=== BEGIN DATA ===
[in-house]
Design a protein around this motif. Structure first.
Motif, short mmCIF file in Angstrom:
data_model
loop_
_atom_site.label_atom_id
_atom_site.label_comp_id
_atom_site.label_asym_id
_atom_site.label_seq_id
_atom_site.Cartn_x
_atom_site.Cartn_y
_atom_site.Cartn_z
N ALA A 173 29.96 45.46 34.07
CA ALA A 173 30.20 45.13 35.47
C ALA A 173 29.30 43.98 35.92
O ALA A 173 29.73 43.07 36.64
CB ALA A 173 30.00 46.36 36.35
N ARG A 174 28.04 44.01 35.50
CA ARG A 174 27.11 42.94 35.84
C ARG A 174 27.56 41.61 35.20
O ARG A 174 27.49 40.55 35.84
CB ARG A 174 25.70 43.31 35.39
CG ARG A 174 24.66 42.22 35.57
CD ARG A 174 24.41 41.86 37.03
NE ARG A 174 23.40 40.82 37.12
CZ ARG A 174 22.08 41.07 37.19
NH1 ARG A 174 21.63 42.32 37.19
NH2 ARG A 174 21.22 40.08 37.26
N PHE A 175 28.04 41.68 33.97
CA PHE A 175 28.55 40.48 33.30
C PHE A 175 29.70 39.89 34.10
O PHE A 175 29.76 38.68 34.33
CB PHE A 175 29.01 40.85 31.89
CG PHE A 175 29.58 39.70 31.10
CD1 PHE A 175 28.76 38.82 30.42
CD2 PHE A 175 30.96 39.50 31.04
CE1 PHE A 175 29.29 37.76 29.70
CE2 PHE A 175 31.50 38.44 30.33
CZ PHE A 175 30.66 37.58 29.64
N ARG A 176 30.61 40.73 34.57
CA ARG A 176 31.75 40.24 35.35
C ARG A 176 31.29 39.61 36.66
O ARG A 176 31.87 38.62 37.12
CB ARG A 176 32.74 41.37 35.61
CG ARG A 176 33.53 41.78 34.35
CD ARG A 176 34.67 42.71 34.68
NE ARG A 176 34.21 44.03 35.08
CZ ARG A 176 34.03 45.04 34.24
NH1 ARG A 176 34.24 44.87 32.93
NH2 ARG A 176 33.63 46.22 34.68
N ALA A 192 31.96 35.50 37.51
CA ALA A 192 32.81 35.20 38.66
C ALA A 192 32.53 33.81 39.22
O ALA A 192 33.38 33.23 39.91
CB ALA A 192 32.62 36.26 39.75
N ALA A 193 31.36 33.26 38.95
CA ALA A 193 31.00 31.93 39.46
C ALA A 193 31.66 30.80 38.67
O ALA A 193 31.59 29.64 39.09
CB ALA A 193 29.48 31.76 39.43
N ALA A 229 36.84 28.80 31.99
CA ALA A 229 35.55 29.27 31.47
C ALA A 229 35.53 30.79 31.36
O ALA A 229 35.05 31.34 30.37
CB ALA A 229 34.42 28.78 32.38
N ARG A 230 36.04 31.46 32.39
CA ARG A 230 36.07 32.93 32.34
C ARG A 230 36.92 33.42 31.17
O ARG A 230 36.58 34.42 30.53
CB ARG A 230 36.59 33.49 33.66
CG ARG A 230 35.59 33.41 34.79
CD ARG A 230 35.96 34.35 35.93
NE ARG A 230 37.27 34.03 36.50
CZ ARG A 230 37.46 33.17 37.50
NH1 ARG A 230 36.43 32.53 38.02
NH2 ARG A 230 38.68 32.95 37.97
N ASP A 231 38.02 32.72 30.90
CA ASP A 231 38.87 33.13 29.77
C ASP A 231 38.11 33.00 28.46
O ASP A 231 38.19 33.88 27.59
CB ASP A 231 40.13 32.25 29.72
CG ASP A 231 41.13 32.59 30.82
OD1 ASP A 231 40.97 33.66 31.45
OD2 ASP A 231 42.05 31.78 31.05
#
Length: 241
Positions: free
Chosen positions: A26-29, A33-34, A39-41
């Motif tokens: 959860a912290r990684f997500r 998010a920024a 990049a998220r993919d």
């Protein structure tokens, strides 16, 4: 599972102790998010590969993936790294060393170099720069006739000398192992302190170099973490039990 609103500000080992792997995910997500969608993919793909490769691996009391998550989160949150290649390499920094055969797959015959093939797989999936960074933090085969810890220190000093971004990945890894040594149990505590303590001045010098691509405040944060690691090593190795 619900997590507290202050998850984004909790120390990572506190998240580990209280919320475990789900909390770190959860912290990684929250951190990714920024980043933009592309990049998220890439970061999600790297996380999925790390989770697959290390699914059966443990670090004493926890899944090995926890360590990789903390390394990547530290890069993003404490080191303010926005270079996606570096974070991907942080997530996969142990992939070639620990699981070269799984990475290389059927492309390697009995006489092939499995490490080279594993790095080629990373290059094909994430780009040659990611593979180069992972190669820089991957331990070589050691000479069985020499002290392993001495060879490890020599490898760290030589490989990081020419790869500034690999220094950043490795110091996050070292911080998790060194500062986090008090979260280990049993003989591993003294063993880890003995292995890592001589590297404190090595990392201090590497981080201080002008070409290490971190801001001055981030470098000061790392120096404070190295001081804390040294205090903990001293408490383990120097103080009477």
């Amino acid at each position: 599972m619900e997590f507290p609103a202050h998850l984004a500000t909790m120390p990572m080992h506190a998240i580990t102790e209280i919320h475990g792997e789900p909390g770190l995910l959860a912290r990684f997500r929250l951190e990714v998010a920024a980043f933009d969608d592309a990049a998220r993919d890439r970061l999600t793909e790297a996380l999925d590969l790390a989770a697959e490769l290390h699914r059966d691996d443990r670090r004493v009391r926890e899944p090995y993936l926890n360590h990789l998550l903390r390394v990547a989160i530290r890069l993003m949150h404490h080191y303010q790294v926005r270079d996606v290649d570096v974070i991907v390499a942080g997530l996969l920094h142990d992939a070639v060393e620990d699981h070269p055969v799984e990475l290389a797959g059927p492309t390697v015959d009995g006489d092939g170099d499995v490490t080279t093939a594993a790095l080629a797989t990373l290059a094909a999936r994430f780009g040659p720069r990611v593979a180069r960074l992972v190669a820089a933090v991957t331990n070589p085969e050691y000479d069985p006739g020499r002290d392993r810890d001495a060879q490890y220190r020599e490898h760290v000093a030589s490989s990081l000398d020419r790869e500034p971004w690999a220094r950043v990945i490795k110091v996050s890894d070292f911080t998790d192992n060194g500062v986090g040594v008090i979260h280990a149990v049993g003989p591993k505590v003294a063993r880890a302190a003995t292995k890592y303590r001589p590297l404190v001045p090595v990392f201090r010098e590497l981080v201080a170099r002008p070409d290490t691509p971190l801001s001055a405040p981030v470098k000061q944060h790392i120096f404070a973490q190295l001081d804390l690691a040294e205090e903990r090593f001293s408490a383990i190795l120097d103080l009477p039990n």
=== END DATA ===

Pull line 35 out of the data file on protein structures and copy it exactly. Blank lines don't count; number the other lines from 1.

CD1 PHE A 175 28.76 38.82 30.42